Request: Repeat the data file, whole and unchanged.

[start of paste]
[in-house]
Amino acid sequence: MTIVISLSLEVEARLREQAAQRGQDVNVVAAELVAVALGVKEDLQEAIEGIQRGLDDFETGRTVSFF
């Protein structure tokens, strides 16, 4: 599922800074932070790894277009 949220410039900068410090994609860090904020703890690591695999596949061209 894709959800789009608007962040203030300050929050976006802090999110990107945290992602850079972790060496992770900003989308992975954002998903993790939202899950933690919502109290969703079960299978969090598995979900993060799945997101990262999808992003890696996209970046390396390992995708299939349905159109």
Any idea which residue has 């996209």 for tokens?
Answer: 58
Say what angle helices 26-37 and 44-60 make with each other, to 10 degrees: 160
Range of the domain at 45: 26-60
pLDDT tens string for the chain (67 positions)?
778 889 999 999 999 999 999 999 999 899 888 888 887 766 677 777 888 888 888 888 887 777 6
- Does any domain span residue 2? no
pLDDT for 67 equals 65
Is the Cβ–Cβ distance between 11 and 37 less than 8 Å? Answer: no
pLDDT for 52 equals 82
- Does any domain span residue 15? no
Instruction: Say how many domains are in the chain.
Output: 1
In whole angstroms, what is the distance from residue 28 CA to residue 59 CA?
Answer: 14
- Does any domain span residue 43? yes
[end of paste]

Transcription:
[in-house]
Amino acid sequence: MTIVISLSLEVEARLREQAAQRGQDVNVVAAELVAVALGVKEDLQEAIEGIQRGLDDFETGRTVSFF
């Protein structure tokens, strides 16, 4: 599922800074932070790894277009 949220410039900068410090994609860090904020703890690591695999596949061209 894709959800789009608007962040203030300050929050976006802090999110990107945290992602850079972790060496992770900003989308992975954002998903993790939202899950933690919502109290969703079960299978969090598995979900993060799945997101990262999808992003890696996209970046390396390992995708299939349905159109």
Any idea which residue has 């996209």 for tokens?
Answer: 58
Say what angle helices 26-37 and 44-60 make with each other, to 10 degrees: 160
Range of the domain at 45: 26-60
pLDDT tens string for the chain (67 positions)?
778 889 999 999 999 999 999 999 999 899 888 888 887 766 677 777 888 888 888 888 887 777 6
- Does any domain span residue 2? no
pLDDT for 67 equals 65
Is the Cβ–Cβ distance between 11 and 37 less than 8 Å? Answer: no
pLDDT for 52 equals 82
- Does any domain span residue 15? no
Instruction: Say how many domains are in the chain.
Output: 1
In whole angstroms, what is the distance from residue 28 CA to residue 59 CA?
Answer: 14
- Does any domain span residue 43? yes